In a word: Disappointing. In many more words:

After watching the hilarious Borat movie at Varsity Theatre last night, a group of 8 of us decided to go grab some food on Yonge Street. Without any particular restaurant in mind, we wandered south from Bloor and finally settled on the Duke of Gloucester (649 Yonge St) because I had heard that it's a good spot for English pub fare. After climbing a steep and narrow set of stairs, we encountered a divey-looking English-style pub and found a table large enough for our big group in a private little room in the back. The carpet is worn at the Duke, and the wallpaper is very grandmother's-living-room -- the end result is an "authentic-feeling" atmosphere.

Our waiter greeted us with menus and took our beer orders -- there's a variety of domestic and English brews on tap. As we sipped our pints, we all had trouble deciding what to order. The menu is extensive, including a lot of tasty-sounding and very British items (e.g. chip butties, steak pie, curries, fish n' chips, etc). I finally settled on the vegetable curry pot pie with mashed potatoes and veggies on the side. Other items ordered around the table included club sandwiches, steak and mushroom pie, chicken fajitas, and the daily special sandwich with the soup of the day (which we were told was sweet potato and chive).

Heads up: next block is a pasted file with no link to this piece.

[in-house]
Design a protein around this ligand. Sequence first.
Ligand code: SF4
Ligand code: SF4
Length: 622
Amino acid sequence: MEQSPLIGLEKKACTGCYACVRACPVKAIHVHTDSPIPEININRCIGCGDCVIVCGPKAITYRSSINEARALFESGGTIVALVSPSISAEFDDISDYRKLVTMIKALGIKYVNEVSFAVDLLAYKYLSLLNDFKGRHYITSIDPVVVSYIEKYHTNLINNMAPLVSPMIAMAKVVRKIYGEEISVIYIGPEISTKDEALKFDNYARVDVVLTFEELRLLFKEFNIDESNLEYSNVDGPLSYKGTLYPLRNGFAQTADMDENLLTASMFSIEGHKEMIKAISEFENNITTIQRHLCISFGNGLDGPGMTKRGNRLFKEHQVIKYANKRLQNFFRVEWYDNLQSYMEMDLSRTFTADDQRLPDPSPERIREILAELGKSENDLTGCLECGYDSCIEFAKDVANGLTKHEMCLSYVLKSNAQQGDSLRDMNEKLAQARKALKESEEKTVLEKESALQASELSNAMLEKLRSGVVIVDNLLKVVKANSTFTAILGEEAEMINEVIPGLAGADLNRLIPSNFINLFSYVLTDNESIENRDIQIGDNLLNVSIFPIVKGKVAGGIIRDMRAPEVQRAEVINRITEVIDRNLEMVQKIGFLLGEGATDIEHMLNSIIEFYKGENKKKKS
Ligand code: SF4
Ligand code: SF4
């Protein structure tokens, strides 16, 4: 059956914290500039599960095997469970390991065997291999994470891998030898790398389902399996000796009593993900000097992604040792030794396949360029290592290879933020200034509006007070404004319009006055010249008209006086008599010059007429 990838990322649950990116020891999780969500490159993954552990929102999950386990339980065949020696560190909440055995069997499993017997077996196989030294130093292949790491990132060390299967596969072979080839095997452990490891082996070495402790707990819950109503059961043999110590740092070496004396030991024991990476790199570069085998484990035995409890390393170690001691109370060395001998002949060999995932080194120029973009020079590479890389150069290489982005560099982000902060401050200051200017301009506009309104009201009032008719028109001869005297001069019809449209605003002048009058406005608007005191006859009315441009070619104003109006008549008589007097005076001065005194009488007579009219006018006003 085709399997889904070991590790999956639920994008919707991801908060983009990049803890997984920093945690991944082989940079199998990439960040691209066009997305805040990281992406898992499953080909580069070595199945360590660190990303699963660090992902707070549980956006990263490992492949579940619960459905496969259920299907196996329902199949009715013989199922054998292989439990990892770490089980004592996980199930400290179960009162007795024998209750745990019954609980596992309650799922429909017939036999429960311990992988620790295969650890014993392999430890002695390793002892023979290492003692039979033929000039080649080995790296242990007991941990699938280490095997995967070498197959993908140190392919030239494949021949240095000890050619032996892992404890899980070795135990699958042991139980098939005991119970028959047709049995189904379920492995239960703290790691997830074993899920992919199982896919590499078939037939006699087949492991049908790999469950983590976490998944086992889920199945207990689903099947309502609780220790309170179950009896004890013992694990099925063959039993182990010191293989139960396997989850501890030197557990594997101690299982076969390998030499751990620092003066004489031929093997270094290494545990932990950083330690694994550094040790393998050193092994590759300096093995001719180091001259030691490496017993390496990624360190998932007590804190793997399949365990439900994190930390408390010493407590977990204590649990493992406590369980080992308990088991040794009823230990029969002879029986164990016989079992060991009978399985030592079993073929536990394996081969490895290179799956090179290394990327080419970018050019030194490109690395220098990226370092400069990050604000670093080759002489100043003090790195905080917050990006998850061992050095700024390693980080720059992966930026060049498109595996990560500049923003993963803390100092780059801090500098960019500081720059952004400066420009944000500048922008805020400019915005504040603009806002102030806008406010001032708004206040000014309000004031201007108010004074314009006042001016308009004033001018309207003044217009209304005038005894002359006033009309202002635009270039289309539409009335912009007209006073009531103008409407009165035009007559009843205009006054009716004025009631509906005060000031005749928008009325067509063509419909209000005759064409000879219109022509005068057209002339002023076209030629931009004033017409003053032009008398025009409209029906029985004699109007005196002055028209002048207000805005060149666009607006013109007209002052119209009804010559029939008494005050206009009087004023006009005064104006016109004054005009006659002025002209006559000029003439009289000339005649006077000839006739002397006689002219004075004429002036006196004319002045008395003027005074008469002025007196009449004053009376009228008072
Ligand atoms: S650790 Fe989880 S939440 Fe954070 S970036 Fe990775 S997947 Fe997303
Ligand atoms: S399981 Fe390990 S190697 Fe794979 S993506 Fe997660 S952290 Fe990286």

After a wait long enough to finish our first pints, our waiter and another server began to bring the food out. Here's where the problems started: Dave had ordered a side of curry gravy for his fries and his dish was brought without it -- when he mentioned this to the server (not our original waiter), she brusquely told him that her hands were full and that it would come out later. That's fine, but she didn't have to be an asshole about it. In addition, our friend who had ordered the soup of the day was given a bowl of chicken-noodle (not the originally-promised sweet potato chive). There seemed to have been a lack of communication between the kitchen and our waiter because they were actually out of the sweet potato -- said friend settled on a salad instead after mentioning she had been looking forward to the soup.

Everyone's food was brought out except our friend who had ordered the fajitas. Our waiter did show concern about this and ended up comping the dish when it was finally brought out after the rest of us had more-than-half finished our meals.